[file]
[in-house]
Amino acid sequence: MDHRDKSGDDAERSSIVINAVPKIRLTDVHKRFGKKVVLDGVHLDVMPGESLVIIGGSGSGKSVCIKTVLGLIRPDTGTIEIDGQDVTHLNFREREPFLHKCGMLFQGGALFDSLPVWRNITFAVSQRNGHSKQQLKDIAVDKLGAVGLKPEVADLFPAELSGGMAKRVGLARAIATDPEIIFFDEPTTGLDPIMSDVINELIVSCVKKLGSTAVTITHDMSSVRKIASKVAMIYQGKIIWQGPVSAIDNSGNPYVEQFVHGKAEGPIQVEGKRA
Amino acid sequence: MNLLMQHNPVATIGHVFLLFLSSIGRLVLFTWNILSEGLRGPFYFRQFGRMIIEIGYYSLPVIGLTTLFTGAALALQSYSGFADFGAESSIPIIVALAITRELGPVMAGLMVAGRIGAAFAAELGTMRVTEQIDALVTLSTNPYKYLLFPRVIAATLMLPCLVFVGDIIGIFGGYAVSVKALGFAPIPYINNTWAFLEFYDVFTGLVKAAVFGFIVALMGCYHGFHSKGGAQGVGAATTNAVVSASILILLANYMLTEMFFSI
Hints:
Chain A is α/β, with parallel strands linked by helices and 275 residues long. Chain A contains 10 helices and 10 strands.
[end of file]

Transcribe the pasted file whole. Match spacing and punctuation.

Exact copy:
[in-house]
Amino acid sequence: MDHRDKSGDDAERSSIVINAVPKIRLTDVHKRFGKKVVLDGVHLDVMPGESLVIIGGSGSGKSVCIKTVLGLIRPDTGTIEIDGQDVTHLNFREREPFLHKCGMLFQGGALFDSLPVWRNITFAVSQRNGHSKQQLKDIAVDKLGAVGLKPEVADLFPAELSGGMAKRVGLARAIATDPEIIFFDEPTTGLDPIMSDVINELIVSCVKKLGSTAVTITHDMSSVRKIASKVAMIYQGKIIWQGPVSAIDNSGNPYVEQFVHGKAEGPIQVEGKRA
Amino acid sequence: MNLLMQHNPVATIGHVFLLFLSSIGRLVLFTWNILSEGLRGPFYFRQFGRMIIEIGYYSLPVIGLTTLFTGAALALQSYSGFADFGAESSIPIIVALAITRELGPVMAGLMVAGRIGAAFAAELGTMRVTEQIDALVTLSTNPYKYLLFPRVIAATLMLPCLVFVGDIIGIFGGYAVSVKALGFAPIPYINNTWAFLEFYDVFTGLVKAAVFGFIVALMGCYHGFHSKGGAQGVGAATTNAVVSASILILLANYMLTEMFFSI
Hints:
Chain A is α/β, with parallel strands linked by helices and 275 residues long. Chain A contains 10 helices and 10 strands.